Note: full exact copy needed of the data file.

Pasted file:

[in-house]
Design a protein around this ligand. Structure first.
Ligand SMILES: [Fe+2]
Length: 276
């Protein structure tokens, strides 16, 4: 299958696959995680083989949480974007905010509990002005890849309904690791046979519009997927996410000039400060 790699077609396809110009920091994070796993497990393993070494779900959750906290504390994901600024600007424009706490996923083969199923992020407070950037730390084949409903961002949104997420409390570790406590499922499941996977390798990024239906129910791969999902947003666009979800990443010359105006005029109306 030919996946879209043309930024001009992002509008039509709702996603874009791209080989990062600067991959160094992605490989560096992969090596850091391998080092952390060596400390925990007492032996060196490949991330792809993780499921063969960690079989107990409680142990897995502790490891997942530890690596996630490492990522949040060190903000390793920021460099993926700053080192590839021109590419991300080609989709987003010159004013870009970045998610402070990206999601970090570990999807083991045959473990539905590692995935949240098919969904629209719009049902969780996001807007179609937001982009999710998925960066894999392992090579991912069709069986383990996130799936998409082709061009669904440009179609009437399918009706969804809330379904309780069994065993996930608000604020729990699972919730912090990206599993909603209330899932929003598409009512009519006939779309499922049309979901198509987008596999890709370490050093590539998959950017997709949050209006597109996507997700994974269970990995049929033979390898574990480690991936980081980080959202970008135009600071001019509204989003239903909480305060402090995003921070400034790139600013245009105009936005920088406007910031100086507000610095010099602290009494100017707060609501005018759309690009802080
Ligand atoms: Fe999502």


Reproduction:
[in-house]
Design a protein around this ligand. Structure first.
Ligand SMILES: [Fe+2]
Length: 276
């Protein structure tokens, strides 16, 4: 299958696959995680083989949480974007905010509990002005890849309904690791046979519009997927996410000039400060 790699077609396809110009920091994070796993497990393993070494779900959750906290504390994901600024600007424009706490996923083969199923992020407070950037730390084949409903961002949104997420409390570790406590499922499941996977390798990024239906129910791969999902947003666009979800990443010359105006005029109306 030919996946879209043309930024001009992002509008039509709702996603874009791209080989990062600067991959160094992605490989560096992969090596850091391998080092952390060596400390925990007492032996060196490949991330792809993780499921063969960690079989107990409680142990897995502790490891997942530890690596996630490492990522949040060190903000390793920021460099993926700053080192590839021109590419991300080609989709987003010159004013870009970045998610402070990206999601970090570990999807083991045959473990539905590692995935949240098919969904629209719009049902969780996001807007179609937001982009999710998925960066894999392992090579991912069709069986383990996130799936998409082709061009669904440009179609009437399918009706969804809330379904309780069994065993996930608000604020729990699972919730912090990206599993909603209330899932929003598409009512009519006939779309499922049309979901198509987008596999890709370490050093590539998959950017997709949050209006597109996507997700994974269970990995049929033979390898574990480690991936980081980080959202970008135009600071001019509204989003239903909480305060402090995003921070400034790139600013245009105009936005920088406007910031100086507000610095010099602290009494100017707060609501005018759309690009802080
Ligand atoms: Fe999502």